Marginalia on Skeptical Thinking: A Dialogue with Jamie McAfee, part 2
This is the second part of an interview series. I strongly suggest you read the first part prior to this.
Skepoet: So moving you away from epistemology or avoiding it: Do you think the skeptical movement is just naive about both the philosophy and the sociology of science, or is there something more generally problematic going on? I am particularly interested in the assumption of sort of center-left or libertarian liberalism as a default assumption, and also roblematics around gender relations within the movement.
Jamie McAfee: Ha. More or less, yeah.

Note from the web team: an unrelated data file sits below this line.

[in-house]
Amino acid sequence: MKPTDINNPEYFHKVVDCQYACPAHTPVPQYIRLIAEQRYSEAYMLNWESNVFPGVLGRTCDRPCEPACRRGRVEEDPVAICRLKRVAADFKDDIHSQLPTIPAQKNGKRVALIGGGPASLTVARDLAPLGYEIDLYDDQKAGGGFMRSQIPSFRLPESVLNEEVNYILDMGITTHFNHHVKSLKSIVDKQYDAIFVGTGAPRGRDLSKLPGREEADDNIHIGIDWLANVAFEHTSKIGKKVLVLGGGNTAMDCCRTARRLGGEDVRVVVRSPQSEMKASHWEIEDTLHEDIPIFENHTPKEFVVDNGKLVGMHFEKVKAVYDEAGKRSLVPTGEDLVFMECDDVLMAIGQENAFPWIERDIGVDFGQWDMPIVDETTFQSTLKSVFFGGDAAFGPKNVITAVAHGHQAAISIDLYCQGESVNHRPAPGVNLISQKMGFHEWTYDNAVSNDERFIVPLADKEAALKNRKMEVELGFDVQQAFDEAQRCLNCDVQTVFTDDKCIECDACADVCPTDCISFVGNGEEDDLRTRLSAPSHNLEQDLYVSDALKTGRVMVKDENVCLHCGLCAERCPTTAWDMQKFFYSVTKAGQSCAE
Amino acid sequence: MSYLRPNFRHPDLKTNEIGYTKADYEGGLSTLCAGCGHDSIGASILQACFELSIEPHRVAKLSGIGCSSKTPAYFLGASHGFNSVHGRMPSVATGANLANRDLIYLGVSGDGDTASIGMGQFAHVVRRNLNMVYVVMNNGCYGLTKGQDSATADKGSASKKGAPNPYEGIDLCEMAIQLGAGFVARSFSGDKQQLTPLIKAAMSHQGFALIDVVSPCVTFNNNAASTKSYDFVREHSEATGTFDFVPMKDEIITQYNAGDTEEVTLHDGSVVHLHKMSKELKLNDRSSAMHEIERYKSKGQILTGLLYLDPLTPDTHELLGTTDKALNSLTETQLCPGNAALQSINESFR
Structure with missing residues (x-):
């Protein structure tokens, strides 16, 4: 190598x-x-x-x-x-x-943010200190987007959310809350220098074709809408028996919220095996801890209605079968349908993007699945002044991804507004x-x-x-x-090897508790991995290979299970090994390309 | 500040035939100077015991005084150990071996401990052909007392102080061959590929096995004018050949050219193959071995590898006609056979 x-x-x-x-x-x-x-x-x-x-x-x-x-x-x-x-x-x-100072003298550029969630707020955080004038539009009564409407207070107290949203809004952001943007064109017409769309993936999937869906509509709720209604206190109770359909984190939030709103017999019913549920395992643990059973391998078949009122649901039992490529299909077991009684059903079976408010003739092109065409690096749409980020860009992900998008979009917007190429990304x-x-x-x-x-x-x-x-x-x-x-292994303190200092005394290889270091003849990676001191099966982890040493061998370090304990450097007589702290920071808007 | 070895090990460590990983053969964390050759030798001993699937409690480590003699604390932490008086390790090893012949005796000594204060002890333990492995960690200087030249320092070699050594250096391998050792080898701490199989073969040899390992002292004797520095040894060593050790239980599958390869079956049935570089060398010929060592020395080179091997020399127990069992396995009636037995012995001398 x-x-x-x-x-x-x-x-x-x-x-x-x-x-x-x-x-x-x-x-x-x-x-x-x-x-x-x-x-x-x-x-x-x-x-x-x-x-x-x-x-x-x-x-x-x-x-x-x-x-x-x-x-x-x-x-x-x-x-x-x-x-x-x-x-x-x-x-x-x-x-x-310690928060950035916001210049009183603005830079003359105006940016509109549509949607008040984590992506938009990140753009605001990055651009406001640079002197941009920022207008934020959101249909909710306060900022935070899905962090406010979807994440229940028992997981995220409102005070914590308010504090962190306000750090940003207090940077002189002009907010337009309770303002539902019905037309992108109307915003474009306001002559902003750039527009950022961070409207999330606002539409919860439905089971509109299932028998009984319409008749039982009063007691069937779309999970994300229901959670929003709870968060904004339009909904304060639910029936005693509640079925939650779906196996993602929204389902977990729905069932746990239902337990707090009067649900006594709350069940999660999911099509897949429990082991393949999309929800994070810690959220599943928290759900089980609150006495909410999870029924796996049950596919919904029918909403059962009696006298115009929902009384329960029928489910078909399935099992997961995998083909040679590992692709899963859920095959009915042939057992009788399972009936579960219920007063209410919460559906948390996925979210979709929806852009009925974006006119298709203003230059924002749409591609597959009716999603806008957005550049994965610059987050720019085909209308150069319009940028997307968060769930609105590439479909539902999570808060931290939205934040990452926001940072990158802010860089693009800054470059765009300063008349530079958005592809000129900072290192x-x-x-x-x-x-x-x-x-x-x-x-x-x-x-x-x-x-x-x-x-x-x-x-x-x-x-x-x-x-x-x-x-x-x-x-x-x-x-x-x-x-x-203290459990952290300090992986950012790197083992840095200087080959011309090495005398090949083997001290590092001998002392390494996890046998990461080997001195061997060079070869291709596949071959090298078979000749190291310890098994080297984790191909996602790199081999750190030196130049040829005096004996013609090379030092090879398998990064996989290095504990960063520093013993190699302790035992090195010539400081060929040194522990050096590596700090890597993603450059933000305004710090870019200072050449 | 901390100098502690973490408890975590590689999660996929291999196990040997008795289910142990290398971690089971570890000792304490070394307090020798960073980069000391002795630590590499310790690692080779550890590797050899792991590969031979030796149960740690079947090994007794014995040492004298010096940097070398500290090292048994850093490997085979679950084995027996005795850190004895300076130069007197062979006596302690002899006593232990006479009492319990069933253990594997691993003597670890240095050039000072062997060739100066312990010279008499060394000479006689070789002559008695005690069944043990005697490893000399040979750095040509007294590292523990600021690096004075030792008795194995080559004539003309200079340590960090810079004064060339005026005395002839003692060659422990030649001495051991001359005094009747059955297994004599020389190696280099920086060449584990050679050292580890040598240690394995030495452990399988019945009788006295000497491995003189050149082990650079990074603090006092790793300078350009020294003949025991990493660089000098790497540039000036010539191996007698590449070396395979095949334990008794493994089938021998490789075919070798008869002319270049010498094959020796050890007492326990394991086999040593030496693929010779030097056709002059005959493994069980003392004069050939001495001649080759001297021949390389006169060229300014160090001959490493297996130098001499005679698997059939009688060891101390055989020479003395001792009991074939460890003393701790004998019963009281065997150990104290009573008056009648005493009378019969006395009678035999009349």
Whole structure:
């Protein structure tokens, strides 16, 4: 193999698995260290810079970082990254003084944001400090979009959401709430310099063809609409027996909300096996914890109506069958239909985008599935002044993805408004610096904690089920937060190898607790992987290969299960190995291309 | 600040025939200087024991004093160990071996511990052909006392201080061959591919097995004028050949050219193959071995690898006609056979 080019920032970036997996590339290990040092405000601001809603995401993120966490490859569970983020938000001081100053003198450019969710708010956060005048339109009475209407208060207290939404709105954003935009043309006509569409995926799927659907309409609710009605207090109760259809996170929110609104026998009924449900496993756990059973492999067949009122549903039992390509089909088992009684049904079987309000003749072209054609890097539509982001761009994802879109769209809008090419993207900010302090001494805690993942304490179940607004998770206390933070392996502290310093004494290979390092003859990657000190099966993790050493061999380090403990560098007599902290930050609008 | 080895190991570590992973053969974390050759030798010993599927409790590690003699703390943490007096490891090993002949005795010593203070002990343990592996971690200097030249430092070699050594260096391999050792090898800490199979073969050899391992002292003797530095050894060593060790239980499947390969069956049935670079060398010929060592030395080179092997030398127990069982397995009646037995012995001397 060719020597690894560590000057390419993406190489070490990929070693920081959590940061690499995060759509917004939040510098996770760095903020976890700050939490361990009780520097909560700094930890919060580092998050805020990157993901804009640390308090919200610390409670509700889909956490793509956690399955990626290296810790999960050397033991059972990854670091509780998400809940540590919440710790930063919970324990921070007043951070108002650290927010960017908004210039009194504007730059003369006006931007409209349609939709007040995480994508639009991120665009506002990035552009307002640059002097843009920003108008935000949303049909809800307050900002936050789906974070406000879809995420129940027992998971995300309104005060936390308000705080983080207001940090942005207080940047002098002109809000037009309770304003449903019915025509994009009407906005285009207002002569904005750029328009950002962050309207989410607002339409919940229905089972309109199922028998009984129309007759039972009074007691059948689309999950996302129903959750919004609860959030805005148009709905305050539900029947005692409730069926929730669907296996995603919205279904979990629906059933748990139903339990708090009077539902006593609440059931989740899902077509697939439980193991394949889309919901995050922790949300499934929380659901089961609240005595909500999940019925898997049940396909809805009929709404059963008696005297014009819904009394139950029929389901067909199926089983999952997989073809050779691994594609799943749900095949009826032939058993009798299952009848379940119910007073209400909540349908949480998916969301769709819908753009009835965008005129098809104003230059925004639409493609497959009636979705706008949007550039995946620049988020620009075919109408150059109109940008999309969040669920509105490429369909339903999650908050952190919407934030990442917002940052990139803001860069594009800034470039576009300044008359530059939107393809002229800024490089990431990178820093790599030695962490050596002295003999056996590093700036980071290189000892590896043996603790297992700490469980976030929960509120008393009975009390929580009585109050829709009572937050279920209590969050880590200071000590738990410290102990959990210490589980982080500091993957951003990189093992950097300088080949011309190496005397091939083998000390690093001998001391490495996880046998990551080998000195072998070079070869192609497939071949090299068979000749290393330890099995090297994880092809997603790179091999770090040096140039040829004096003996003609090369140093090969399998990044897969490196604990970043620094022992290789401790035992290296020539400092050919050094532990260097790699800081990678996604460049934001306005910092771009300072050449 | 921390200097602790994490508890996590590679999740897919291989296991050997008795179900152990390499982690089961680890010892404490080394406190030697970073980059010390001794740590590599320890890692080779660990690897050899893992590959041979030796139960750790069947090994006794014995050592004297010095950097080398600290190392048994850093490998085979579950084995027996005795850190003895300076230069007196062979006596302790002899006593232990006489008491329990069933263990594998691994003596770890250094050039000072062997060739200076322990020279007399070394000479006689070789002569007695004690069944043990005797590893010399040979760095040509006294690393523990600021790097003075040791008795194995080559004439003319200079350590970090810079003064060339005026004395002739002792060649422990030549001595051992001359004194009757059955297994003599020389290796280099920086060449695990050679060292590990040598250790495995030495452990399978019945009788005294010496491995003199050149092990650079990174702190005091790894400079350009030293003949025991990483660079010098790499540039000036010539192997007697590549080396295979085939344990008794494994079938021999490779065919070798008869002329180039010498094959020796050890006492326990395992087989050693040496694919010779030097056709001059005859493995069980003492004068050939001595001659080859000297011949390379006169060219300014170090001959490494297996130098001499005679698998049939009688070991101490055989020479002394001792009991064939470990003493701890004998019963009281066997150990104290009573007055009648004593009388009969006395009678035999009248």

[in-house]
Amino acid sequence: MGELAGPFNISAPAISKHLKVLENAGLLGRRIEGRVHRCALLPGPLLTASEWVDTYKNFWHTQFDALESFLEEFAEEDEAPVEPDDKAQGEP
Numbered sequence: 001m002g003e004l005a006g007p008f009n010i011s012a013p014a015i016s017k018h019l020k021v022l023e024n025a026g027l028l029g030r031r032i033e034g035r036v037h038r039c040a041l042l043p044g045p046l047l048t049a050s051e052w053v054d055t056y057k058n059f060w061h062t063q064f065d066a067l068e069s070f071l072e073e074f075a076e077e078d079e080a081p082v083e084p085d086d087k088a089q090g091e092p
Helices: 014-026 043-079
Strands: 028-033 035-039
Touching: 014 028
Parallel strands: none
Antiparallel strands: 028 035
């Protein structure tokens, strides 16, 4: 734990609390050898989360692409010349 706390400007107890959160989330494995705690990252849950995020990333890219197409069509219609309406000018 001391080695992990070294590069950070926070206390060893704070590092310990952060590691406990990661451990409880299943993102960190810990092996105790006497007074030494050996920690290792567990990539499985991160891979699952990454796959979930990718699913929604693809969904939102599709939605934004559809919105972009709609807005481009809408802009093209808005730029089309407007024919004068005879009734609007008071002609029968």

I’ve been persuaded that epistemology is a bit of a tarpit that isn’t productive to get into. One thing about all of the sociological approaches I’m referring to is that they tend to be really emphatic about rolling their eyes at epistemological debating in favor of evaluating science, to paraphrase the bible, based on the fruit it produces. Collins and Evans and Latour are in very different camps withing sociology, but they both make the emphatic move of tossing epistemology aside. (I mean that they explicitly say “we think epistemology isn’t helpful.) Scientists are good at doing stuff, so lets talk about it as people doing stuff. They can make arguments based on the stuff they did (like making matter behave in particular ways), which is where rhetoric, in the diminished, conservative sense of “arguing,” comes in. You could, I guess, use argumentation theory, which is a lot more like philosophy than the “rhetoric” that I do, to talk modestly about epistemological issues if you wanted. I’d go along with that. Epistemology is always creeping up, and I think we have to be careful when claiming not to imply claims about epistemology, since we might be doing so. I guess the length of my last answer is what “boundary policing” might look like in my subfield. I’d like to keep myself away from epistemology, or to manage it so I can do other things. I don’t really want to make claims about it.